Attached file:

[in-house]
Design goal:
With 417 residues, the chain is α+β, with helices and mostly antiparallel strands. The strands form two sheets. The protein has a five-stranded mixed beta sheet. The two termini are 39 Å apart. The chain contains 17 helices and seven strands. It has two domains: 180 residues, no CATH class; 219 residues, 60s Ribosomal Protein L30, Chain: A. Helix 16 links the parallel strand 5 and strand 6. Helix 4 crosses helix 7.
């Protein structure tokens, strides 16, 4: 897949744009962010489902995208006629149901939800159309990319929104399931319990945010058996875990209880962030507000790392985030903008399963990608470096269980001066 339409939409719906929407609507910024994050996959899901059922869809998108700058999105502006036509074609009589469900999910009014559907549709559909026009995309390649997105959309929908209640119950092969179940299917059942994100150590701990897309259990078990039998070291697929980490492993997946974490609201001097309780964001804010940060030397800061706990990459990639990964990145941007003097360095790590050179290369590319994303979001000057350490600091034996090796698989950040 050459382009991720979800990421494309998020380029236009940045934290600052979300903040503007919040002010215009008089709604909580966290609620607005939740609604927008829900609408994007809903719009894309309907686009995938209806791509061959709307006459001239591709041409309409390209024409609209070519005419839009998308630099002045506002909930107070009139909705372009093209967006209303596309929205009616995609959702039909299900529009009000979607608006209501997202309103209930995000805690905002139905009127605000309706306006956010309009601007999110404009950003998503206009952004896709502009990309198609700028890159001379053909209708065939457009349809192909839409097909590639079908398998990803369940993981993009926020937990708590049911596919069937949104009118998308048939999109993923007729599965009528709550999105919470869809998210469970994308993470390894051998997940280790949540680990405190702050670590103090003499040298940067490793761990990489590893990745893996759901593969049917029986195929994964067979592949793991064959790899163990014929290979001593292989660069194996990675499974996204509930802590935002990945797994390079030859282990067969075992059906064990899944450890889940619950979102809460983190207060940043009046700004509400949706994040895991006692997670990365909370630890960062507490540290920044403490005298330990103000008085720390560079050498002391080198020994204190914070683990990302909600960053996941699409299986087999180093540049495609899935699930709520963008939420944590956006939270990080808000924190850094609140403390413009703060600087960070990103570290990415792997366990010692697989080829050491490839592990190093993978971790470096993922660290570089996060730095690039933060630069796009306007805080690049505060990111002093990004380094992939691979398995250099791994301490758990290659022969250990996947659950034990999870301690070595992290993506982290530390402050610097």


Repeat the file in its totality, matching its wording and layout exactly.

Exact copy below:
[in-house]
Design goal:
With 417 residues, the chain is α+β, with helices and mostly antiparallel strands. The strands form two sheets. The protein has a five-stranded mixed beta sheet. The two termini are 39 Å apart. The chain contains 17 helices and seven strands. It has two domains: 180 residues, no CATH class; 219 residues, 60s Ribosomal Protein L30, Chain: A. Helix 16 links the parallel strand 5 and strand 6. Helix 4 crosses helix 7.
């Protein structure tokens, strides 16, 4: 897949744009962010489902995208006629149901939800159309990319929104399931319990945010058996875990209880962030507000790392985030903008399963990608470096269980001066 339409939409719906929407609507910024994050996959899901059922869809998108700058999105502006036509074609009589469900999910009014559907549709559909026009995309390649997105959309929908209640119950092969179940299917059942994100150590701990897309259990078990039998070291697929980490492993997946974490609201001097309780964001804010940060030397800061706990990459990639990964990145941007003097360095790590050179290369590319994303979001000057350490600091034996090796698989950040 050459382009991720979800990421494309998020380029236009940045934290600052979300903040503007919040002010215009008089709604909580966290609620607005939740609604927008829900609408994007809903719009894309309907686009995938209806791509061959709307006459001239591709041409309409390209024409609209070519005419839009998308630099002045506002909930107070009139909705372009093209967006209303596309929205009616995609959702039909299900529009009000979607608006209501997202309103209930995000805690905002139905009127605000309706306006956010309009601007999110404009950003998503206009952004896709502009990309198609700028890159001379053909209708065939457009349809192909839409097909590639079908398998990803369940993981993009926020937990708590049911596919069937949104009118998308048939999109993923007729599965009528709550999105919470869809998210469970994308993470390894051998997940280790949540680990405190702050670590103090003499040298940067490793761990990489590893990745893996759901593969049917029986195929994964067979592949793991064959790899163990014929290979001593292989660069194996990675499974996204509930802590935002990945797994390079030859282990067969075992059906064990899944450890889940619950979102809460983190207060940043009046700004509400949706994040895991006692997670990365909370630890960062507490540290920044403490005298330990103000008085720390560079050498002391080198020994204190914070683990990302909600960053996941699409299986087999180093540049495609899935699930709520963008939420944590956006939270990080808000924190850094609140403390413009703060600087960070990103570290990415792997366990010692697989080829050491490839592990190093993978971790470096993922660290570089996060730095690039933060630069796009306007805080690049505060990111002093990004380094992939691979398995250099791994301490758990290659022969250990996947659950034990999870301690070595992290993506982290530390402050610097």